Editor's note: We have said it already that people should not count on exercise to control their weight. Still physical activity is important.
January 05, 2009 - For Immediate Release
PHYSICAL ACTIVITY MAY NOT BE KEY TO OBESITY EPIDEMIC, LOYOLA STUDY FINDS
MAYWOOD, Ill. -- A recent international study fails to support the
common belief that the number of calories burned in physical activity
is a key factor in rising rates of obesity.
from Loyola University Health System and other centers compared African
American women in metropolitan Chicago with women in rural Nigeria. On
average, the Chicago women weighed 184 pounds and the Nigerian women
weighed 127 pounds.
Researchers had expected to find that
the slimmer Nigerian women would be more physically active. To their
surprise, they found no significant difference between the two groups
in the amount of calories burned during physical activity.
physical activity may not be the primary driver of the obesity
epidemic," said Loyola nutritionist Amy Luke, Ph.D., corresponding
author of the study in the September 2008 issue of the journal Obesity.
Luke is an associate professor in the Department of Preventive Medicine
and Epidemiology at Loyola University Chicago Stritch School of
Physical activity is defined as anything that
gets your body moving. U.S. government guidelines say that each week,
adults need at least 2 ½ hours of moderate aerobic activity (such as
brisk walking) or 75 minutes of vigorous activity (such as jogging).
Adults also should do muscle-strengthening activities, such as
weight-lifting or sit-ups, at least twice a week.
activity has many proven benefits. It strengthens bones and muscles,
improves mental health and mood, lowers blood pressure, improves
cholesterol levels and reduces the risk of cardiovascular disease,
diabetes, breast cancer and colon cancer.
research suggests that weight control might not be among the main
benefits. People burn more calories when they exercise. But they
compensate by eating more, said Richard Cooper, Ph.D., co-author of the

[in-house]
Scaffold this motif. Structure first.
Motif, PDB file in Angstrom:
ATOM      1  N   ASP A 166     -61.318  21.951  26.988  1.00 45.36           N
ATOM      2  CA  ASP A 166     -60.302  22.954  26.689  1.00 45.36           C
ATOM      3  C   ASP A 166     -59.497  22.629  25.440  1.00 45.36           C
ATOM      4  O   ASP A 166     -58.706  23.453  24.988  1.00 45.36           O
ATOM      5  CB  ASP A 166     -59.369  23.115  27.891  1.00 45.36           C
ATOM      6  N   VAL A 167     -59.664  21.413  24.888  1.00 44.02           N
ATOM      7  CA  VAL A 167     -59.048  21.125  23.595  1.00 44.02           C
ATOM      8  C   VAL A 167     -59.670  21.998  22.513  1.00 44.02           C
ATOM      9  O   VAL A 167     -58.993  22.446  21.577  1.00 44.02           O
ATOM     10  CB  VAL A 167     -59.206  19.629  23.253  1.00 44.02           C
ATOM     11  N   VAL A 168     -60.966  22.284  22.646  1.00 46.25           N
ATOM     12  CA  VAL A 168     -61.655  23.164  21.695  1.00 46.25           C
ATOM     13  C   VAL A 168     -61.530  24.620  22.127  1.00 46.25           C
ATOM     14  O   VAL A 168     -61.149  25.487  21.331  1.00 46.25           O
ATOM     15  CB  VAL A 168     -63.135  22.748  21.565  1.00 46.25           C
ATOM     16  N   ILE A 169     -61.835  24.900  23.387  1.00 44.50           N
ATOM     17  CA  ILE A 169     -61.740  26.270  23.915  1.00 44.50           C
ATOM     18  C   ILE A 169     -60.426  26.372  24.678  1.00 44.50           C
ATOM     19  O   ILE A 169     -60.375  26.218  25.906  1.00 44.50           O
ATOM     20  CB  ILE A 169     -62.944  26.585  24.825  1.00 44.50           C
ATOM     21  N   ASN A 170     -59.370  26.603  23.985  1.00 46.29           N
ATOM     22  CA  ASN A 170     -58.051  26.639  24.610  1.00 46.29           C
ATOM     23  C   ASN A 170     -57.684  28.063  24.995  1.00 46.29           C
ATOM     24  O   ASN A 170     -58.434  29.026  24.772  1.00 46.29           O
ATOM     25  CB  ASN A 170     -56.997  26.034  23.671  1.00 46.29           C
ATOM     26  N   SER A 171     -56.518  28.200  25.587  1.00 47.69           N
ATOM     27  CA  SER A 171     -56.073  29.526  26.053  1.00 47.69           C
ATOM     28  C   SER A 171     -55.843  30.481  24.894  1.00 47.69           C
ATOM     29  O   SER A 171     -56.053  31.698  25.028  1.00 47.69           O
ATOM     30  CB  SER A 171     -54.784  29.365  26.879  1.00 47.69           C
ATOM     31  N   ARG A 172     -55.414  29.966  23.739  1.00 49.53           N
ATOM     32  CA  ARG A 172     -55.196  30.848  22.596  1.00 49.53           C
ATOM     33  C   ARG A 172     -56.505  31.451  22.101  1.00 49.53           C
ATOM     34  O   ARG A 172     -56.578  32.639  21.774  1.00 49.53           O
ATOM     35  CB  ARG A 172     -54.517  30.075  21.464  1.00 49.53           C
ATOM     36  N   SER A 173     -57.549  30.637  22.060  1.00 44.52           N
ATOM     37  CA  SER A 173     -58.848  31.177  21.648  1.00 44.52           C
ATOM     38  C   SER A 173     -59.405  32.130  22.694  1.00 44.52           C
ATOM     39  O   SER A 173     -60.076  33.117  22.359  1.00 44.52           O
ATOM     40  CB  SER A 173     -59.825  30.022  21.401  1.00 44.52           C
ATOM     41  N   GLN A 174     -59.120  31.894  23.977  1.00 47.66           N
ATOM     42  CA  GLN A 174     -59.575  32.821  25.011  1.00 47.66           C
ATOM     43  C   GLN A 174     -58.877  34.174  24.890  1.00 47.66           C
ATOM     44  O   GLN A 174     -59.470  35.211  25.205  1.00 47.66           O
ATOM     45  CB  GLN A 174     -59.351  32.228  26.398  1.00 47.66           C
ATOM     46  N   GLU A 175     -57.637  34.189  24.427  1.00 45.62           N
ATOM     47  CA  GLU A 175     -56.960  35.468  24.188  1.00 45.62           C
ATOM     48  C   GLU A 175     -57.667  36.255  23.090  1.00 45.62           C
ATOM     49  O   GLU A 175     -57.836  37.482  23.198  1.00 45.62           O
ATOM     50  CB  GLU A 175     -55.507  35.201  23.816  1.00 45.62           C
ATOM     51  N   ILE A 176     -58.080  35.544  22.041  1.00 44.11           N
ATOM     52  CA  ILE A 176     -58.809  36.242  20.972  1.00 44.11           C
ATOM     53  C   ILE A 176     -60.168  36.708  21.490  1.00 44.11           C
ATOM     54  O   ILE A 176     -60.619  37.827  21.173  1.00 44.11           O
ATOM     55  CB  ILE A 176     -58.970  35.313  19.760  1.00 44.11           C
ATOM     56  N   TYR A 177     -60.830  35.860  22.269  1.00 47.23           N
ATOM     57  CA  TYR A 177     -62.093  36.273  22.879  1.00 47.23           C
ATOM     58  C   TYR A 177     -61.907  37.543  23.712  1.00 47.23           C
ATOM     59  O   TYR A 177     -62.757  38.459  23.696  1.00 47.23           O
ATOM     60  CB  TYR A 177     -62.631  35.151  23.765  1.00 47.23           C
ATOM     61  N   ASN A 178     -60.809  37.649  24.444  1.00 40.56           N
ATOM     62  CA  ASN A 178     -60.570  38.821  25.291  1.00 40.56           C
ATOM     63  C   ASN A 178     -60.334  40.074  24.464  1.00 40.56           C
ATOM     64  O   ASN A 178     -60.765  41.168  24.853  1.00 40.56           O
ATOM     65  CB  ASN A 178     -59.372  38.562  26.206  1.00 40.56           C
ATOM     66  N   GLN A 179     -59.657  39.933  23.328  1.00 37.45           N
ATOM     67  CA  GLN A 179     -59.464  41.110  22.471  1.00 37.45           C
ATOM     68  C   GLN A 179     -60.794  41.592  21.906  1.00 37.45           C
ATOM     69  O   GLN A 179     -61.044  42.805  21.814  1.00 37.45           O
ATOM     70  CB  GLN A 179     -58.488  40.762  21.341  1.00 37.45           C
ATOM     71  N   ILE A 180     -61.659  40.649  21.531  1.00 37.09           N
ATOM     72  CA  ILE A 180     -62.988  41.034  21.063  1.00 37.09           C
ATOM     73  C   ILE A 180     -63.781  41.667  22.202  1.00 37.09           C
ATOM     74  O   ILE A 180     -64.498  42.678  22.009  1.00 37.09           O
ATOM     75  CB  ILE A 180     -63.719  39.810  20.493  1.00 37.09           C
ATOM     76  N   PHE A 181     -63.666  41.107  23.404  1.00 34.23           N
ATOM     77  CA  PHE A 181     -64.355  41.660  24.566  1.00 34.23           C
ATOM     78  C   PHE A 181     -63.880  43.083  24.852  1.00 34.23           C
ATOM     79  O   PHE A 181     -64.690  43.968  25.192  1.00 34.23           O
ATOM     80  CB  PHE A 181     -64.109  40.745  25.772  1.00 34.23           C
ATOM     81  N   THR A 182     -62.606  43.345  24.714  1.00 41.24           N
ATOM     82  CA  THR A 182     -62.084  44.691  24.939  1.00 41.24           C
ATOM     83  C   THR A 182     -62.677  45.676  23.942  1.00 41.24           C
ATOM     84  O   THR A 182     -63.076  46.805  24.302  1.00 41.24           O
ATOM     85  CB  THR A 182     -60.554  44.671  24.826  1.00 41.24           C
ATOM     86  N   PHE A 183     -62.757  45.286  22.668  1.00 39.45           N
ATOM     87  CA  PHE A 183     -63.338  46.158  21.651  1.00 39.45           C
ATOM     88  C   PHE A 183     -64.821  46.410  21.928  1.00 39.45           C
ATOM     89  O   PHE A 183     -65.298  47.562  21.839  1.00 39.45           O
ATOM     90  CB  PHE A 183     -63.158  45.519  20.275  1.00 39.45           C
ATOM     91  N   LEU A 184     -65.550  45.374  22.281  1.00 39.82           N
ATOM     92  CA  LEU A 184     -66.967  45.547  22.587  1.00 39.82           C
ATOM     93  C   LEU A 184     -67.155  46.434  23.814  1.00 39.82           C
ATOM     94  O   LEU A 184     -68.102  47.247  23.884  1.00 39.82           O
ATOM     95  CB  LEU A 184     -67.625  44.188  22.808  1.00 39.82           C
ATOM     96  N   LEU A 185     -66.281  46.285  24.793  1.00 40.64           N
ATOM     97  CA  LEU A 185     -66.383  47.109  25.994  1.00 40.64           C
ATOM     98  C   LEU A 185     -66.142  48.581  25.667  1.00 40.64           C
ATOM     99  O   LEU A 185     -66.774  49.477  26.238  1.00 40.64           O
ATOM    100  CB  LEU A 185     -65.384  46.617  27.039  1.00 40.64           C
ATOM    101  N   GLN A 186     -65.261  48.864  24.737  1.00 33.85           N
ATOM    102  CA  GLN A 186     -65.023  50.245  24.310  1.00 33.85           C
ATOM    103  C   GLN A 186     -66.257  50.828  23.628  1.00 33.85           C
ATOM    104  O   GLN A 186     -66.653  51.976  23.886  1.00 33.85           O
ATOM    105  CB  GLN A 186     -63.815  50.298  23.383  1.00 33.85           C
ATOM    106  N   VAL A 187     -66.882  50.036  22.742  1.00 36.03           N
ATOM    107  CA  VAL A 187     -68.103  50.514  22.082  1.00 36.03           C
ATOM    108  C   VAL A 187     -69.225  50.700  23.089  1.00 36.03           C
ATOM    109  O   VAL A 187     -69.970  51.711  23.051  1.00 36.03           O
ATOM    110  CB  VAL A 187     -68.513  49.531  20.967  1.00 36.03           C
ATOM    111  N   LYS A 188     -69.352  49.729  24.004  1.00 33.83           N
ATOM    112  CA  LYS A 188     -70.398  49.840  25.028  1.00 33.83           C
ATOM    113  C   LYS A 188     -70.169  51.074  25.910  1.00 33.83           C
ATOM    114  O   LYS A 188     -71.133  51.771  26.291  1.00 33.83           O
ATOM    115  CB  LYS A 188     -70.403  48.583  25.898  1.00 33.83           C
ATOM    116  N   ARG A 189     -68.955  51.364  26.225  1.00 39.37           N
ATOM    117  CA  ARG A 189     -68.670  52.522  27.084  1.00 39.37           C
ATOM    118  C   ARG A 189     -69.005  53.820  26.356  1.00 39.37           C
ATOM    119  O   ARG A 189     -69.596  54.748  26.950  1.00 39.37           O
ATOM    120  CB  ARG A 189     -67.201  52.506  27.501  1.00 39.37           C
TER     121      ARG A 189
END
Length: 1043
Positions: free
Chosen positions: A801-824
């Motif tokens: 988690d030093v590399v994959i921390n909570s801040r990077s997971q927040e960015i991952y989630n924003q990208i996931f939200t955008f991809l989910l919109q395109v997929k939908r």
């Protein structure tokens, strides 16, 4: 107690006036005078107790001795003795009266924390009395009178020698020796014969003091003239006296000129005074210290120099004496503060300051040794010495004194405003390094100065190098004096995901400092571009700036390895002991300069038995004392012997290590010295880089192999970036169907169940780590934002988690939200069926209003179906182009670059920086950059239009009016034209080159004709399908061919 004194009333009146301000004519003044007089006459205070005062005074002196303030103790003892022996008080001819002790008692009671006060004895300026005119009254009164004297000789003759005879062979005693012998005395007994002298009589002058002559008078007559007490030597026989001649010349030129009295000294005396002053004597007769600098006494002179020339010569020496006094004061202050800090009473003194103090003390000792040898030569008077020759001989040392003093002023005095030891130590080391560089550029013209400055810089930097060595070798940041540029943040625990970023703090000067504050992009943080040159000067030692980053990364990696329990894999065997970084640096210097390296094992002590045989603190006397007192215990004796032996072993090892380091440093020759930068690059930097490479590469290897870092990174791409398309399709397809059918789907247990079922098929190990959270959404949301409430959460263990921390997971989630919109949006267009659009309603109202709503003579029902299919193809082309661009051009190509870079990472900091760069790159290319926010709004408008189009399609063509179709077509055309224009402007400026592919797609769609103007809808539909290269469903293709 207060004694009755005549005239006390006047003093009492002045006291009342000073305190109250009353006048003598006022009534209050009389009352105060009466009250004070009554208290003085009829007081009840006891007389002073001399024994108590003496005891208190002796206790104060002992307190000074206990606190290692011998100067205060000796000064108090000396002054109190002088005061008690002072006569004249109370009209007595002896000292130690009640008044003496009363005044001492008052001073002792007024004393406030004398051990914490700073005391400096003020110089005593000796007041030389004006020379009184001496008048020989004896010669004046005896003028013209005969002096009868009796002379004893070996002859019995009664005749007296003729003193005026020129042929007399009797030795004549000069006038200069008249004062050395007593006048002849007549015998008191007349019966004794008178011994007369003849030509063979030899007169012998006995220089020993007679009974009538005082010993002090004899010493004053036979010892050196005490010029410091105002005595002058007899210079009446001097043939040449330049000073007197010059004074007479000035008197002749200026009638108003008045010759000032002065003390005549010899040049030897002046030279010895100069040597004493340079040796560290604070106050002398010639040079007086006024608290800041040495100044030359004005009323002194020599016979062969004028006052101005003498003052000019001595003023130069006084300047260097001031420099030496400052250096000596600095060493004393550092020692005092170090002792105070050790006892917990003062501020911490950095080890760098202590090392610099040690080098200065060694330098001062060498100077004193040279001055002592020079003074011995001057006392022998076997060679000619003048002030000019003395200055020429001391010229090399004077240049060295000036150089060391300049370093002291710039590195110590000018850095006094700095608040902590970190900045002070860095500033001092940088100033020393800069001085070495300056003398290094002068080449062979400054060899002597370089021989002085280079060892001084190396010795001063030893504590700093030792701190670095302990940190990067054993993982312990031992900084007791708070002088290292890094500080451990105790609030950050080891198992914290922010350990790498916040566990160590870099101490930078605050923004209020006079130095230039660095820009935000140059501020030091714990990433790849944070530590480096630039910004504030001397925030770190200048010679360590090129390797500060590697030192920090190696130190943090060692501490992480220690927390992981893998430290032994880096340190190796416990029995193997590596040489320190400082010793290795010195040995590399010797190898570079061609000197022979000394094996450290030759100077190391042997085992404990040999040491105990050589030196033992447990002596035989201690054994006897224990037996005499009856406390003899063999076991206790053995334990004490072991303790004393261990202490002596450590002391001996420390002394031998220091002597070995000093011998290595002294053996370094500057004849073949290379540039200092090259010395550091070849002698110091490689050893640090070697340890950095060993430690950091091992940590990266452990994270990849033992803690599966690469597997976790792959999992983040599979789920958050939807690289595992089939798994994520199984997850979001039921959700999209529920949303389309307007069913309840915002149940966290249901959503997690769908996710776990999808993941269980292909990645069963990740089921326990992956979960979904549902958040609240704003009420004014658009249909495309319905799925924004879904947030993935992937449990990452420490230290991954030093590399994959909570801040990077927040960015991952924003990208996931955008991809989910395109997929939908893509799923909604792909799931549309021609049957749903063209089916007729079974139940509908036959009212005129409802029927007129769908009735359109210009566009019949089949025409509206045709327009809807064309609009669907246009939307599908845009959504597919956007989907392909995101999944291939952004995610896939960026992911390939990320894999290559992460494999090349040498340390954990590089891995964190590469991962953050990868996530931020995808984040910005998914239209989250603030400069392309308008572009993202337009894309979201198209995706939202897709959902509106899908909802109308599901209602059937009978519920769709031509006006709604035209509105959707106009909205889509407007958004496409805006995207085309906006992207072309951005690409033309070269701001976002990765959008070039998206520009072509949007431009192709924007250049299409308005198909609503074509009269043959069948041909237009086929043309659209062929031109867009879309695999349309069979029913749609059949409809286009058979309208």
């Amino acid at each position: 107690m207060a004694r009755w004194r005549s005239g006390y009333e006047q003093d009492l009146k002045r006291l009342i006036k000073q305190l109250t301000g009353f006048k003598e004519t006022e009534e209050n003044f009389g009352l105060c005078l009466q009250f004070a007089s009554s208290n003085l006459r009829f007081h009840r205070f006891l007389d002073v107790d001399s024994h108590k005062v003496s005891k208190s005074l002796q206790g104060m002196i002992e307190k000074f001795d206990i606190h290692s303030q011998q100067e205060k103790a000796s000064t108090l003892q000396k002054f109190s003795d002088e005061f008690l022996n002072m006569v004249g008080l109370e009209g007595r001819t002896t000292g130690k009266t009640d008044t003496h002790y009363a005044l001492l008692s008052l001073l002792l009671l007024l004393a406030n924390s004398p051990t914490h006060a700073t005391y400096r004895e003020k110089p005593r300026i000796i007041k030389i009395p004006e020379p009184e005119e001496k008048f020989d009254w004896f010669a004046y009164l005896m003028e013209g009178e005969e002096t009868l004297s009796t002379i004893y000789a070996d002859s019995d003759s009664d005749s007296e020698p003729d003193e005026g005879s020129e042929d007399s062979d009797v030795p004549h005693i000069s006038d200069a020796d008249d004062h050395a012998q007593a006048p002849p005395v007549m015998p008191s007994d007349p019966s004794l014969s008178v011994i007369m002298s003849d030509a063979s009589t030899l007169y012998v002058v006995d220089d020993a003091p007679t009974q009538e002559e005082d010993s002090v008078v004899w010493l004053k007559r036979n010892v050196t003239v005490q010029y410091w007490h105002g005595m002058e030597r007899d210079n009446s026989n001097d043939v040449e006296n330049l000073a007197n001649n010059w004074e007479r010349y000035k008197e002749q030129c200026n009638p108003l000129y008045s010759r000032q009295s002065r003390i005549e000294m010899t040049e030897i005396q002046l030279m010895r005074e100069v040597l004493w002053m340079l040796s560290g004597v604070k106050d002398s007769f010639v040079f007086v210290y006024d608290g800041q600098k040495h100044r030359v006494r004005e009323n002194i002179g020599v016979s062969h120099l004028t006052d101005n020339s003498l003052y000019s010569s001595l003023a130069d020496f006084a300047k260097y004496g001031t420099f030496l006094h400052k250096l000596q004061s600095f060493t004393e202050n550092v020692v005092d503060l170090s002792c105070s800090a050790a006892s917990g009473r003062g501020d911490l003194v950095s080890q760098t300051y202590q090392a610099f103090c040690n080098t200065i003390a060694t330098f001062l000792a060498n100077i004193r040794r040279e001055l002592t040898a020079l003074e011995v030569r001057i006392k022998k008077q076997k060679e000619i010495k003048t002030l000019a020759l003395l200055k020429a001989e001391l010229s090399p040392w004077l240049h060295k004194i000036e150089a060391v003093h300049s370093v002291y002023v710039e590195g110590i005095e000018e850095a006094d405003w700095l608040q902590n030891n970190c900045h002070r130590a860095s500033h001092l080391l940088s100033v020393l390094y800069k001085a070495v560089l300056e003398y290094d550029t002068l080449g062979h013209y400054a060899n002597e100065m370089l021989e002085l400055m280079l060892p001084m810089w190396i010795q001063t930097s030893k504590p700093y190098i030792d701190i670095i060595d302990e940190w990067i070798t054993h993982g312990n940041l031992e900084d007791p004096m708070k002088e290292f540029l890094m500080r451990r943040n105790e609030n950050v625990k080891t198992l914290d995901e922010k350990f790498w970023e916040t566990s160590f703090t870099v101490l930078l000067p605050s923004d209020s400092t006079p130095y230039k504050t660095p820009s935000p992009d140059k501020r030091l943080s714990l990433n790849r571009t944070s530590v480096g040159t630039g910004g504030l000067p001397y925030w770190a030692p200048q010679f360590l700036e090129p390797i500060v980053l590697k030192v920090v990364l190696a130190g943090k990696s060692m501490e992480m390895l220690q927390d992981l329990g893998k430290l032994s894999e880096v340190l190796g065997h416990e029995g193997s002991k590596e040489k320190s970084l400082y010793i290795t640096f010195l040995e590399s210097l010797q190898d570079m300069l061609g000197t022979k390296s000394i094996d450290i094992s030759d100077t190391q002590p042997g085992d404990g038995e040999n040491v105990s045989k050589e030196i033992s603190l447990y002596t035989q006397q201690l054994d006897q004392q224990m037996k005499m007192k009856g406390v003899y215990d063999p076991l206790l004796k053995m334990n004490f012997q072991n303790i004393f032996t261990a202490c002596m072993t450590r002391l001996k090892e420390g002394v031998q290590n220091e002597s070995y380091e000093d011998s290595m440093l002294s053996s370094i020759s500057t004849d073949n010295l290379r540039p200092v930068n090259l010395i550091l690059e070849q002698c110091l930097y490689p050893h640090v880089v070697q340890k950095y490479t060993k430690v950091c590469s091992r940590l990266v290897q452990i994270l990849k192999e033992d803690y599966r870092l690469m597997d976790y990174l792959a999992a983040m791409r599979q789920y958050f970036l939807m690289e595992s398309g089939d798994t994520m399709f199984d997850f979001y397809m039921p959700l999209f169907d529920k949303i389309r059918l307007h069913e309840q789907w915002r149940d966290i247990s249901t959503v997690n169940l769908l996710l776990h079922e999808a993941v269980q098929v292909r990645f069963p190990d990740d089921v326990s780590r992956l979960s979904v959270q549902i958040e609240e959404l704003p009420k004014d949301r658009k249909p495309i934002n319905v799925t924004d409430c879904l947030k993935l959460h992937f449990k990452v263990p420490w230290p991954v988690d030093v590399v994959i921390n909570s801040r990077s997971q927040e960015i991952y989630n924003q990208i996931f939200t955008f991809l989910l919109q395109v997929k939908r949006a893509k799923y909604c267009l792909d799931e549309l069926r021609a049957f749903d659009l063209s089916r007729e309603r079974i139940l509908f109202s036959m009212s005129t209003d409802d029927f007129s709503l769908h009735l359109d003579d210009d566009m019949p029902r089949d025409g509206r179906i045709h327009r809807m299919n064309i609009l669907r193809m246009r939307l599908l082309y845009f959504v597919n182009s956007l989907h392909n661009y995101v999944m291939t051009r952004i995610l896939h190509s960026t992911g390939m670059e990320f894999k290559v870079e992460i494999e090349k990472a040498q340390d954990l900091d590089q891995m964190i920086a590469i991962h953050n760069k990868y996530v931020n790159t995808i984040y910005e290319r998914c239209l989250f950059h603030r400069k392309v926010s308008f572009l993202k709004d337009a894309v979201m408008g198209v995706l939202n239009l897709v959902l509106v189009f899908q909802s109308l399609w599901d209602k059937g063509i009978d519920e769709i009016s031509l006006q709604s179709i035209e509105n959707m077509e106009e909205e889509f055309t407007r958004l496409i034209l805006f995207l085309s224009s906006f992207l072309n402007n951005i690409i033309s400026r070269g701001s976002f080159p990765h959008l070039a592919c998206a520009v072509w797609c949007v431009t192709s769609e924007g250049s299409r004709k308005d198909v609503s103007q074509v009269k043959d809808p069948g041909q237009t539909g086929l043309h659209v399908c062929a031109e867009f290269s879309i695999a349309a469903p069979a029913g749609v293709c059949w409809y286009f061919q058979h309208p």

study and chairman of the Department of Preventive Medicine and
"We would love to say that physical activity
has a positive effect on weight control, but that does not appear to be
the case," Cooper said.
The recent study included 149
women from two rural Nigerian villages and 172 African American women
from the west side of Chicago and suburban Maywood.
for body size, the Chicago women burned an average of 760 calories per
day in physical activity, while the Nigerian women burned 800 calories.
This difference was not statistically significant.
a more likely explanation than physical activity expenditure for why
Chicago women weigh more than Nigerian women, Luke said. She noted the
Nigerian diet is high in fiber and carbohydrates and low in fat and
animal protein. By contrast, the Chicago diet is 40 percent to 45
percent fat and high in processed foods.
Results of the
new study are similar to those of a 2007 study of men and women in
Jamaica. Researchers from Loyola and other centers found there was no
association between weight gain and calories burned during physical
"Evidence is beginning to accumulate that
dietary intake may be more important than energy expenditure level,"
Luke said. "Weight loss is not likely to happen without dietary
Other centers involved in the study of Chicago
and Nigerian women include University of Ibadan in Nigeria, Howard
University, Johns Hopkins Bloomberg School of Public Health and
University of Wisconsin.
in the western suburbs of Chicago, Loyola University Health System is a
quaternary care system with a 61-acre main medical center campus, the
36-acre Gottlieb Memorial Hospital campus and 25 primary and specialty
care facilities in Cook, Will and DuPage counties. The medical center
campus is conveniently located in Maywood, 13 miles west of the Chicago
Loop and 8 miles east of Oak Brook, Ill. The heart of the medical
center campus, Loyola University Hospital, is a 570-licensed bed
facility. It houses a Level 1 Trauma Center, a Burn Center and the
Ronald McDonald® Children?s Hospital of Loyola University Medical
Center. Also on campus are the Cardinal Bernardin Cancer Center, Loyola
Outpatient Center, Center for Heart & Vascular Medicine and Loyola
Oral Health Center as well as the LUC Stritch School of Medicine, the
LUC Marcella Niehoff School of Nursing and the Loyola Center for Health
& Fitness. Loyola's Gottlieb campus in Melrose Park includes the
250-bed community hospital, the Gottlieb Health & Fitness Center
and the Marjorie G. Weinberg Cancer Care Center.